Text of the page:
He acknowledges that, if a substance came to dominate or corrupt performance, there would be good reason to ban it. But says, if a substance allows safer, faster recovery from training or injury, “then it does not corrupt sport or remove essential human contribution.”
And he dismisses the argument that allowing elite athletes to take drugs under medical supervision will encourage children and amateurs to imitate their heroes, pointing out that amateur doping “is already happening in an unsupervised manner.”
“Over time the rules of the sport have evolved,” he says. “They must evolve as humans and their technology evolve and the rules begin to create more problems than they solve. It is time to rethink the absolute ban and instead to pick limits that are safe and enforceable.”
But hospital doctors, Leon Creaney and Anna Vondy believe this would lead to escalating use and call for tougher enforcement.
“The argument against doping in sport is moral, not medical,” they write.
“Athletes who wanted to live a healthy existence would be pushed out altogether. Soon, the only competition that would matter would be the one to develop the most powerful drugs, and athletic opponents would enter into an exchange of ever escalating doses to stay ahead of each other.”
They warn that, in some nations, “we might see a return of the state sponsored doping programmes of the 70s and 80s” and say without the anti-doping programme “the use of performance enhancing drugs would expand exponentially and filter deeper into our society.”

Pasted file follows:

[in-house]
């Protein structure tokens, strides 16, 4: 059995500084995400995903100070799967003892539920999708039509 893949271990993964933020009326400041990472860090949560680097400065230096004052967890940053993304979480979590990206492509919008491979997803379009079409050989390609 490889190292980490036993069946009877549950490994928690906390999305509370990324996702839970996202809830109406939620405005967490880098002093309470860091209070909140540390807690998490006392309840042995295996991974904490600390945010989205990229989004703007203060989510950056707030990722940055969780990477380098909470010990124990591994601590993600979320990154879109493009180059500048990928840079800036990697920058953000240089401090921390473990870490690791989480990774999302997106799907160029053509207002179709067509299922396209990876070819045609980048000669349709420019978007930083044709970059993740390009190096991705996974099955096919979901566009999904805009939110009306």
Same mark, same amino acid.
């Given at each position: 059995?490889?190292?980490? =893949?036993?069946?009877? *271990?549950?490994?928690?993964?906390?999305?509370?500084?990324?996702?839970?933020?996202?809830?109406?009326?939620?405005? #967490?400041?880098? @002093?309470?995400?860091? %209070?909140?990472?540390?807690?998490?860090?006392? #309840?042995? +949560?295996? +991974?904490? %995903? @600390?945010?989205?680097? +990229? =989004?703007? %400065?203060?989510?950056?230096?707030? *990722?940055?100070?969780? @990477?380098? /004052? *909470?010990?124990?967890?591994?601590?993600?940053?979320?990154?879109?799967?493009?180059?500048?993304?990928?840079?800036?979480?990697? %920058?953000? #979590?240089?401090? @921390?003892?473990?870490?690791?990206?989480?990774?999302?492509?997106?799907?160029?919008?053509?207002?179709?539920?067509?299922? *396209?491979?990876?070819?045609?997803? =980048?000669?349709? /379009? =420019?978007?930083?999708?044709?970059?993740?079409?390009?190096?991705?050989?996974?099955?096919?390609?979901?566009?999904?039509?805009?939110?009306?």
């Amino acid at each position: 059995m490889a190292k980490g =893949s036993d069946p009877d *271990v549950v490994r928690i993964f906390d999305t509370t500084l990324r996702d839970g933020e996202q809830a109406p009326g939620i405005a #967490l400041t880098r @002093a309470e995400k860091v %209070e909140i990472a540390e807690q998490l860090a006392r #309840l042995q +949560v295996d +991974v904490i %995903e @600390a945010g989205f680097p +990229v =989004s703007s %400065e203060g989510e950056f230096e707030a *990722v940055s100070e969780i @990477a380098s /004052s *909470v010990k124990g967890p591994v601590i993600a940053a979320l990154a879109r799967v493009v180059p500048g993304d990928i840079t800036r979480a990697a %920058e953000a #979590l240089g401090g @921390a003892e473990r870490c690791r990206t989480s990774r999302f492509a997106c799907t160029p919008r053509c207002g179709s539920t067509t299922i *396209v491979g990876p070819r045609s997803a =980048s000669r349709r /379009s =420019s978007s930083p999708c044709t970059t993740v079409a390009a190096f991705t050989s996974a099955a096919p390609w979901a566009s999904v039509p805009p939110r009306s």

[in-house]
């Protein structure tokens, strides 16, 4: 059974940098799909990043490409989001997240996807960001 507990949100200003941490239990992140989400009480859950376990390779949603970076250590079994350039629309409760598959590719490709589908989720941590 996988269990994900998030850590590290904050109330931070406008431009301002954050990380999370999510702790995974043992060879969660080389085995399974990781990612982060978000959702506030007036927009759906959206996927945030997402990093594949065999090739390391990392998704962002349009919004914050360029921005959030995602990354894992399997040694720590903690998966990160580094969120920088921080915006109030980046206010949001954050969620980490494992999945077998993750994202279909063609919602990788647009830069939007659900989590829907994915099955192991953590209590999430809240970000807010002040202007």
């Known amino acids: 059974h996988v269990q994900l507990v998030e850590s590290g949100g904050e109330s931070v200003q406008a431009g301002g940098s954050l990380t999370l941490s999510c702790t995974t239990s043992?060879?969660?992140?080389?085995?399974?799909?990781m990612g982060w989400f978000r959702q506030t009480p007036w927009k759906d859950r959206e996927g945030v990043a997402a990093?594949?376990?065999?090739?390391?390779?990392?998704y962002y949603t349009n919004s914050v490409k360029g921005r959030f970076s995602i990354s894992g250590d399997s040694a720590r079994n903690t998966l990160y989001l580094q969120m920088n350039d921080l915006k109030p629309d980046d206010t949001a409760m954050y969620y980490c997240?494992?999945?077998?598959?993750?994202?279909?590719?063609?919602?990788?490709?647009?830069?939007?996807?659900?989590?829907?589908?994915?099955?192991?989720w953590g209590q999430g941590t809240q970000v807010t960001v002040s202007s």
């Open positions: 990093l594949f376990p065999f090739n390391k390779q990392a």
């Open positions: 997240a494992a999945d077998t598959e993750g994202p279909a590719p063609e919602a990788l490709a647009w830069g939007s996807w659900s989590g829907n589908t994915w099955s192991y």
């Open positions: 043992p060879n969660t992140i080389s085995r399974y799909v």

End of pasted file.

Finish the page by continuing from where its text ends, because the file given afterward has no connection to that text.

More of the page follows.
Legitimising performance enhancing drugs in elite and professional sport would also change the message sport sends to society, they add. “Would a bioengineered athlete be able to inspire in the same way?”
They dismiss the argument that because we will never be able to catch every cheat, we should give up trying, saying the answer is “to make the anti-doping system more effective.”
If testing was ubiquitous, they say, “it would be virtually impossible to evade detection, and the equilibrium would be reset in favour of not cheating.”
And if a first offence led to a lifetime ban, “the risks involved would become much greater, such that fewer people would take the gamble of getting caught in the first place,” they conclude.
Professor Julian Savulescu, Uehiro Chair in Practical Ethics & Director, Oxford Centre for Neuroethics, University of Oxford, UK
Tel: +44 (0)1865 286 888
Leon Creaney, Trauma and Orthopaedics, University Hospital Birmingham, UK
On Monday, London will see the world’s first artificial meat burger cooked and tasted, by Professor Mark Post of Maastricht University.
Artificial meat stops cruelty to animals, is better for the environment, could be safer and more efficient, and even healthier. We have a moral obligation to support this kind of research. It gets the ethical two thumbs up.
The development of artificial meat is a triumph for both science and ethics. Current meat production involves inflicting significant suffering on animals. It also causes environmental damage (see the FAO report, Livestock’s Long Shadow) and is hugely inefficient because limited food resources have used to keep a large animal alive. Intensive farming of chickens and pigs is also a breeding ground for the emergence of new strains of flu, causing pandemics that could kill tens of millions. Artificial meat production will almost entirely avoid these issues.
Ethical veganism will become a much more palatable option, as one could avoid eating real meat without sacrificing an integral part of many people’s diet. Indeed, this may be a watershed moment for animal welfare – if artificial meat manages to catch on and take over a large portion of the market, many fewer animals will be cruelly raised and slaughtered through factory farming, a key goal of movements like PETA (who have, incidentally, wholly endorsed and promoted the development of artificial meat).